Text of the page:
Now, I’m all for improving the ride experience for any coaster – and certainly Vortex fits the bill for that. But considering that a longer, faster, taller (and better) floorless coaster is an hour’s drive north from Santa Clara – why would they try to market the world’s shortest floorless coaster in the same media market? (An ultra-competitive media market at that).

The Patriot at CGA 1

The Patriot will convert Vortex into a floorless coaster, with new trains and paint. Graphic courtesy of California’s Great America.

The press release sent out by the park also erroneously claimed that Vortex is the oldest stand-up coaster in the United States (“Apocalypse,” formerly “Iron Wolf” is the oldest at Six Flags America). It also said the ride’s name was inspired by the “All American Corners” section of the park – even though the ride shares no entrance or exit to the area (It’s officially located in Hometown Square).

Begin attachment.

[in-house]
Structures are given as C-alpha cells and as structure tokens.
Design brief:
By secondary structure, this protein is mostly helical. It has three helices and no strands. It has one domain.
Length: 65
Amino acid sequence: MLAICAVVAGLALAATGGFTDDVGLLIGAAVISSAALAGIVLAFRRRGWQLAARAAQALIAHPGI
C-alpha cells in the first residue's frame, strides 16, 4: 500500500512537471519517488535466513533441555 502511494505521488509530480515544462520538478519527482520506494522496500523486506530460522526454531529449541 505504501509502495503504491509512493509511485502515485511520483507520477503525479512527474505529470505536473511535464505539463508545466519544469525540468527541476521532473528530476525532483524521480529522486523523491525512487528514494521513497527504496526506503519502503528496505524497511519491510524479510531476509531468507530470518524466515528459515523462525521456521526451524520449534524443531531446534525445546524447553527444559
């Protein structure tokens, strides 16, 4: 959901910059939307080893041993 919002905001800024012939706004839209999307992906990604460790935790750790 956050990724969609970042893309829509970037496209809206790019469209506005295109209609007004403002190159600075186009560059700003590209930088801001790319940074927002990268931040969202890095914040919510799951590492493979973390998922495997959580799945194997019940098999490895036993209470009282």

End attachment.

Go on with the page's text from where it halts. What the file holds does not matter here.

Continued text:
Vortex Oldest

Not quite, California’s Great America…

RCDB

Don’t get me wrong – this is still a good move by the park. But it’s no slam dunk. Six Flags Discovery Kingdom has the upper edge on this ride type with Medusa, so Great America must come with a really good angle to get their message heard.

Looking at the park’s social media feeds, members of the general public aren’t really sold on the idea:

Confusion

Park fans on CGA’s Facebook feed are a bit confused on the Vortex / Patriot conversion and sadly the park isn’t answering their questions…